In the beginning there was a REPL ...
One of the major features of App Inventor in making it an easy to use programming environment for beginners is live programming. Users interact directly with the state of the running program and changes take effect instantaneously. Rather than the edit-compile-load-run cycle typical of compiler-based languages, App Inventor’s live programming presents a phone-oriented analog of the read-eval-print loop (REPL) found in common implementations of Lisp, Python, and other interpreter-based languages.
The history of live programming in App Inventor is instructive not only for the insight it might offer into the feature itself but also as a story of serendipitous engineering, i.e. how unexpected discoveries lead to significant invention - if you’re prepared.
The story starts in 2008 with the choice of Scheme as the textual programming language that the App Inventor (then known as “Young Android”) blocks language would generate. We considered a few possibilities, including Python, Java and Scheme. We discussed various implementations of the various languages considering criteria like ease of implementation, closeness to Android, perception as a "standard" language, availability of libraries, ease of integration with a visual UI, ease of debugging and ease of incremental development. We also considered ease of use for our target users and availability of documentation because at that point we were still considering allowing users to develop in the target textual language in addition to a visual language.
After considerable debate we decided on Scheme. Each of the languages had pros and cons and to some extent the decision was largely based on our belief in Scheme as a general base on which to implement pretty much any programming language (at the semantic level). At this point we didn’t quite know what the semantics of our desired language would be but based on experience we were confident of our ability to implement whatever language we wanted in Scheme.
Note that at this point we had no thought of anything like live programming. Our plan was to have a more or less conventional edit-build-install-test development cycle for App Inventor users. In fact, one of the reasons that we pick Kawa as out Scheme implementation was because it had a compiler (into Java class files) and it had just recently demonstrated building an Android app. We did consider the existence of a read-eval-print loop (REPL) to be valuable, but we considered that to be an element of our own ‘ease of incremental development’ and ‘ease of debugging’, i.e. as part of our development process for testing our code generator and its related Scheme-written runtime.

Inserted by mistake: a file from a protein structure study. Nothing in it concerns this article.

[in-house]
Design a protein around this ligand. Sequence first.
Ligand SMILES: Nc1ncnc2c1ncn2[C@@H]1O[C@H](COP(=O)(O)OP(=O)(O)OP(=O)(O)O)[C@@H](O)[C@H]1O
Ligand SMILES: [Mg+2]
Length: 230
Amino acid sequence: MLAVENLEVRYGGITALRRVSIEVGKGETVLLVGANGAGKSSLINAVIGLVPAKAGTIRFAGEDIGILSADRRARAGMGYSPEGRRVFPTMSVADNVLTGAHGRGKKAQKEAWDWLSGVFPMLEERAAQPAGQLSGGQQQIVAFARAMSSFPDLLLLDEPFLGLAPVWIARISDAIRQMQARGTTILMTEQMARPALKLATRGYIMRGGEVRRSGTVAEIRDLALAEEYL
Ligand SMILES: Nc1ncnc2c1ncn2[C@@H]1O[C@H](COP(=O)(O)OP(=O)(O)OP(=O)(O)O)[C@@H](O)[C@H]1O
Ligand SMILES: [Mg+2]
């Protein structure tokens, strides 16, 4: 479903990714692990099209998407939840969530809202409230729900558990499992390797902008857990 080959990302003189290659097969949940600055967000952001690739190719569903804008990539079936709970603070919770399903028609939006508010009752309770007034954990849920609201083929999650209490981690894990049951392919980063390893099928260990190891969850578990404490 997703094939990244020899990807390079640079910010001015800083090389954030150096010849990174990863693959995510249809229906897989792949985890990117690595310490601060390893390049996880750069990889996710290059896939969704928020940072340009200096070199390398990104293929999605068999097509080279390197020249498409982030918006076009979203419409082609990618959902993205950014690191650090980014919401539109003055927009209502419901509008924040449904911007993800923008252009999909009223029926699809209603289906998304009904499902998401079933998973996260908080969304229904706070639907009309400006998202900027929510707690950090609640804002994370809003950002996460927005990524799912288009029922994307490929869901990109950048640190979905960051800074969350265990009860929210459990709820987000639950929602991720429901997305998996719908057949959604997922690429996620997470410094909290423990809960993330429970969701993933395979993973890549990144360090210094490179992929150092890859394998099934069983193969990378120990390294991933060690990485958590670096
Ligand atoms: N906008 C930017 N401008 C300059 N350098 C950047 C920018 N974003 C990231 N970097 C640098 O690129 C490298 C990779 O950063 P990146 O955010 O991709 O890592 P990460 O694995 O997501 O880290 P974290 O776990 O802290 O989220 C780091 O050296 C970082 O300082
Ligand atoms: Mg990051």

We were implementing something that we called YAIL (Young Android Intermediate Language) , as a the textual code that was generated from our visual blocks language. YAIL consisted of S-expressions (i.e. lots of parentheses) representing Scheme expressions which would denote the resulting App Inventor program. It were these Scheme expressions that we would test using Kawa’s REPL on our development computers.
The YAIL expressions were a combination of Scheme macros and procedures. Some of these macros were pretty hairy and it was very useful to be able to test them without going through the entire App Inventor edit-build-install-test process. We could also test the code generated for many of the basic App Inventor blocks for the number, text and list types. Eventually, though, we started to build App Inventor components which required functionality that existed on the phone. For that, the Kawa REPL on our development machines was not very useful.